John Howell (Henley) (Con)
Thank you, Mrs Main; it is a pleasure to serve under your chairmanship. I will raise the situation of modern slavery in Nigeria, which the team should look at as an example of how the Modern Slavery Act is working. The attack on modern slavery is an international phenomenon, and we lead the world in setting the standards.
I mention Nigeria because I am the Prime Minister's trade envoy to Nigeria, so I happen to know the country and what is going on there very well. As a bit of background, Nigeria is the most populous country in Africa. By the middle of the decade, it will have in the region of 400 million people. It also has the largest number of people in modern slavery in Africa. Examples include women who are tricked into migrating for non-existent jobs and then left to work in brothels or forced to work for no wages and with no legal immigration status whatever.
It is not just women who are affected; the number of children affected is enormous. Some are forced to work as street vendors or beggars. Boys are forced to work in mines, stone quarries and domestic service. Nigeria has just under 1 million people who are trapped in modern slavery. It is an enormous number, which accounts for around 17% of the people trapped in modern slavery in Africa, where the total figure comes to around 7 million or 8 million people. That is an enormous number; we are not even the tip of the iceberg in this country.
The Nigerian Government like what they see in what we do. We are helping to tackle the problem of modern slavery by using the Department for International Development budget in a number of ways. For example, the work with non-governmental organisations uses victims who have been rescued from modern slavery as good examples. Those victims talk to people about how evil it is and about how they can avoid getting trapped in it. That is such a powerful way of getting the message across, because those victims have actually suffered as a result of modern slavery, and such outreach goes down extremely well.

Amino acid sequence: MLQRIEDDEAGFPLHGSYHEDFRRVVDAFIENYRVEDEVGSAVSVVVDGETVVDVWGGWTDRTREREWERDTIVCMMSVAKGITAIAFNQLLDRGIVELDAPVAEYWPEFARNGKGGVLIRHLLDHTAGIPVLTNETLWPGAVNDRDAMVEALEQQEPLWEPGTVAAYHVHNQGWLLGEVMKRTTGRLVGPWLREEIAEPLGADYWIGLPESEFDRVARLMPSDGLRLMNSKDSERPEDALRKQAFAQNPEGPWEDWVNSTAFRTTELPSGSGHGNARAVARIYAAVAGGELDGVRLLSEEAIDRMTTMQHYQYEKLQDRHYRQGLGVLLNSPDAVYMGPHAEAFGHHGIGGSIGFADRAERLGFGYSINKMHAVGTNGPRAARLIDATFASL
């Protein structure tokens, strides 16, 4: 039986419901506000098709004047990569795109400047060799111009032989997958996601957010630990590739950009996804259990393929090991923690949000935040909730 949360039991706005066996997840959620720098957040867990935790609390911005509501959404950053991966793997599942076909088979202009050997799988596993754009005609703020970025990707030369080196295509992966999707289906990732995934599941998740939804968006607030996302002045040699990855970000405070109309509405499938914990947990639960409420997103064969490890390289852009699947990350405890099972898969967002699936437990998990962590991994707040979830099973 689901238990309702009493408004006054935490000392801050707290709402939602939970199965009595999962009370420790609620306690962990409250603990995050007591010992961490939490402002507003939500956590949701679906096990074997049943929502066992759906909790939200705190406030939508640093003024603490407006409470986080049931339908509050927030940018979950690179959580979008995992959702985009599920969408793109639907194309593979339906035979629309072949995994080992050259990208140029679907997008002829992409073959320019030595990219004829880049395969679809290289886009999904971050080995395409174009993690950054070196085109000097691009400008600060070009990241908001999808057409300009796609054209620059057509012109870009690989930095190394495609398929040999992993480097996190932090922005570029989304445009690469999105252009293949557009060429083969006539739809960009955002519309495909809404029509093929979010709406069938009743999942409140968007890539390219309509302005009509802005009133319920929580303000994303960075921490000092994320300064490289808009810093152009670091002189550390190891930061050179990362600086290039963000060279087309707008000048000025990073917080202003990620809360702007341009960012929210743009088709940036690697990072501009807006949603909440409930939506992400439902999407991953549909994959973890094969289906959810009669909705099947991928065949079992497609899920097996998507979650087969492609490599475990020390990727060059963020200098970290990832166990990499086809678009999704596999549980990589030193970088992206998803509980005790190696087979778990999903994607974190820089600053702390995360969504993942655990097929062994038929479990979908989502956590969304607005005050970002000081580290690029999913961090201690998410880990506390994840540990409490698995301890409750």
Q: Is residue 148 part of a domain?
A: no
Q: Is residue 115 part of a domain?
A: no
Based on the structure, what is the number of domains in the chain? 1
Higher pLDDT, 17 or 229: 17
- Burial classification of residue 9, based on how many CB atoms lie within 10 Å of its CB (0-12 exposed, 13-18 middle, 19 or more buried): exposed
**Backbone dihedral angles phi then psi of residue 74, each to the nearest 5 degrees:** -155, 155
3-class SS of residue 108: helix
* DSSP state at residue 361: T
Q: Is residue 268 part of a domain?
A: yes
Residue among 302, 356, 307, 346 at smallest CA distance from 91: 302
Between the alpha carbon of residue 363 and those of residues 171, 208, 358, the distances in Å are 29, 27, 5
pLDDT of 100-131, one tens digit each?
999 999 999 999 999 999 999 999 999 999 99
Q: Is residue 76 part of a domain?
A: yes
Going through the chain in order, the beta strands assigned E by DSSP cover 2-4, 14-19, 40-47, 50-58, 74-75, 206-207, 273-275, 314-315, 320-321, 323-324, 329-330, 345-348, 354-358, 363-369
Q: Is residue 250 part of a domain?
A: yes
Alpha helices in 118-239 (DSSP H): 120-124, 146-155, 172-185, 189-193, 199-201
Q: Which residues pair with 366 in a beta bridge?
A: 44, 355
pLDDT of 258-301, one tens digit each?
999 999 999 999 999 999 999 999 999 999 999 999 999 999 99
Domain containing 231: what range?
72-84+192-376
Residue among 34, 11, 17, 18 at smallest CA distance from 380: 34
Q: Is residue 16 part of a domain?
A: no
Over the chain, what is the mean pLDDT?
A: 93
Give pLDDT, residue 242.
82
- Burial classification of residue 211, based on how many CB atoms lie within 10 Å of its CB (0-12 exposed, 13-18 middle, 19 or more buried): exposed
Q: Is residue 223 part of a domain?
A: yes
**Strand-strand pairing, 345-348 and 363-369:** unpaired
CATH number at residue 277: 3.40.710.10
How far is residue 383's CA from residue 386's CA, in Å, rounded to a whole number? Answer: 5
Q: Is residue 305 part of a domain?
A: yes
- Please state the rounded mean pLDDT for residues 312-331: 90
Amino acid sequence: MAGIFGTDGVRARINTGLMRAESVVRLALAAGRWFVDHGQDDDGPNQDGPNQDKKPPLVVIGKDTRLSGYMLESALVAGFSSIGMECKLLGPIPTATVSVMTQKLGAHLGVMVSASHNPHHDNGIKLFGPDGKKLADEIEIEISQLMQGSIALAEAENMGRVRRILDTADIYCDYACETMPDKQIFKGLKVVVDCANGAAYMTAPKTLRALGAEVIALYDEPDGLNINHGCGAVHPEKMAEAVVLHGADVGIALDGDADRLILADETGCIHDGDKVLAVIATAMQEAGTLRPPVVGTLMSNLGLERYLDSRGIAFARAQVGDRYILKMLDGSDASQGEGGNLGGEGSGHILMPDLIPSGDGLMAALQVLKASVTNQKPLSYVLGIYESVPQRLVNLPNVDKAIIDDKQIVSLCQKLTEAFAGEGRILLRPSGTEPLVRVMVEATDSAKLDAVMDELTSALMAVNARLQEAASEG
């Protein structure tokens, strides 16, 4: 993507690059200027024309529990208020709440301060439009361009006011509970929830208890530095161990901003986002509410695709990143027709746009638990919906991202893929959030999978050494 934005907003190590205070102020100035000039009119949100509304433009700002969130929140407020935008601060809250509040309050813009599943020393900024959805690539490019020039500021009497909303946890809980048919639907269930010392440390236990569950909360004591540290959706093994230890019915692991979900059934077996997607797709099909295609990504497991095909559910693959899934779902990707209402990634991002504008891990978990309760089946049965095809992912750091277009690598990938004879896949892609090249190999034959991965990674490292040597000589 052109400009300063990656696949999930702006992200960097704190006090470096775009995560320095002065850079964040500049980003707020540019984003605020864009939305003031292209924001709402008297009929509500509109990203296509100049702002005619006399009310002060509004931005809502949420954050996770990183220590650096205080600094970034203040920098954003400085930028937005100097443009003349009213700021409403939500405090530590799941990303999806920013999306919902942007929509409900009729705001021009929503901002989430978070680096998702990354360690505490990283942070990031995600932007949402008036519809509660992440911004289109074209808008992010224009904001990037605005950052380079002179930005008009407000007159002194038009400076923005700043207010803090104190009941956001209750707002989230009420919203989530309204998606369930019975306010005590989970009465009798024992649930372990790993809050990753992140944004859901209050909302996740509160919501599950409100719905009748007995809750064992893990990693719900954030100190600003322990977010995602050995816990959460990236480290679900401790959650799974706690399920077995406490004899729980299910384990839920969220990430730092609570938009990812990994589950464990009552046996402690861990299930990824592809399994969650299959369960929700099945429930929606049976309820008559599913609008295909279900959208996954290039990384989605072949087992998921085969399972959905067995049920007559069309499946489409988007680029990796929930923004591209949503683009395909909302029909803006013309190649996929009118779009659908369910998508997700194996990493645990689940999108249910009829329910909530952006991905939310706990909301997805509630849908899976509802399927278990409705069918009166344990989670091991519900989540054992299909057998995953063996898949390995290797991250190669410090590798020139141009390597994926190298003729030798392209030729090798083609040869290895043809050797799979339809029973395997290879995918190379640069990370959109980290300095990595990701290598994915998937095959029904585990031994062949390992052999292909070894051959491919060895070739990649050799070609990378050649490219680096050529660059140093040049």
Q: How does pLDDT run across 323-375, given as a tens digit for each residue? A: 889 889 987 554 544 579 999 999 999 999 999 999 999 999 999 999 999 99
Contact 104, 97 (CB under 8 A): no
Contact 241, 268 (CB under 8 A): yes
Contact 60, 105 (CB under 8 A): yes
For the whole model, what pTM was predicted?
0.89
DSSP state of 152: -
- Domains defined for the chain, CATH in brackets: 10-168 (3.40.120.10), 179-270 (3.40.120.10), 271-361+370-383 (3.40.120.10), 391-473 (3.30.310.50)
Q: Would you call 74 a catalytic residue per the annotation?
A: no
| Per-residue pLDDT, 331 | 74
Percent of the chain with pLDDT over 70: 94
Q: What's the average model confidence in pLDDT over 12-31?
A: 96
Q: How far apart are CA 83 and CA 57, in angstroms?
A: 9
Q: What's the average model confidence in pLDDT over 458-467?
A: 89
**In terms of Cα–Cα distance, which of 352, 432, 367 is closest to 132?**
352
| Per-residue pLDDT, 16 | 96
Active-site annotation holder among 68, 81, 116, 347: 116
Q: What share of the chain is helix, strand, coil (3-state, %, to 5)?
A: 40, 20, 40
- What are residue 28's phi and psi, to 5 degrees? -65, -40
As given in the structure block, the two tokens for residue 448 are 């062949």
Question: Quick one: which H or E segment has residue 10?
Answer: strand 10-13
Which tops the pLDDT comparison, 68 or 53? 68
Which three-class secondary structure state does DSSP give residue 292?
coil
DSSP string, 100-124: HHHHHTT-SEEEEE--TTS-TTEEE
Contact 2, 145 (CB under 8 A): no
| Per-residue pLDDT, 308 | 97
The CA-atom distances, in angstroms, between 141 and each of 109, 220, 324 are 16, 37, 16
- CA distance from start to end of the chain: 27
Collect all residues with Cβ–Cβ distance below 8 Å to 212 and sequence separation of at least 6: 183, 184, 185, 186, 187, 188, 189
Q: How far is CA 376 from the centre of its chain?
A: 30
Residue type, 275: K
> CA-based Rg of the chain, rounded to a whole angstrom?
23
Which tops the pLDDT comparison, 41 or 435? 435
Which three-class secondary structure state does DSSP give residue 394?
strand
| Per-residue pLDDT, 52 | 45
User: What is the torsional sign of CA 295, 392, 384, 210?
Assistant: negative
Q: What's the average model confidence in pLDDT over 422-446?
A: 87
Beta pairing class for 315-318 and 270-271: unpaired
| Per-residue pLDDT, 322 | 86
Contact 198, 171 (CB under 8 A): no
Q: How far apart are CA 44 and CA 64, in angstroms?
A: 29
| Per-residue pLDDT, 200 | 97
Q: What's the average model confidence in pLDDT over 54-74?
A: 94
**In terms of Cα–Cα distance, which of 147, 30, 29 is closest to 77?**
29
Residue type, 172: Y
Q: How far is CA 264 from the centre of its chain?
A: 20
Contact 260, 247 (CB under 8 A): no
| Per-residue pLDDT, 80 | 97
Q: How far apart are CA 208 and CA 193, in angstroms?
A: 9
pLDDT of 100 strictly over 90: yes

The British Government have taken a stance, putting about £16 million into Nigeria to help with this issue. That provides a number of bits of background. It is particularly concentrated in a place called Edo State, which sits at the crossroads of the people traffickers. I could go on and on about the people traffickers, but I will not.
On my last visit to Nigeria, I took a brief to tackle modern slavery with the Nigerian Government, and one of the companies I went to see was Unilever. Unilever acts in a number of sectors where one would expect modern slavery to exist—broadly, in the agricultural sector. I had a long chat with its representatives and saw the NGOs they were working with. It was a fantastic experience, because Unilever in Nigeria has eliminated modern slavery from not just its own activities but its entire supply chain. That has taken a big effort, so is worth looking at that as an example of how to go about things.
One of the great joys for me was talking to the NGOs that work in this area and that have helped to eradicate modern slavery. They, too, used people who had suffered to get the message across, which is a brilliant thing to have done. When I go back, I hope I will be able to capitalise on that. I hope Unilever's example has spread, because the company found not only that eradicating modern slavery was a great thing to do, but that being able to tell people that it no longer carried on in that way gave it an enormous competitive advantage in the marketplace.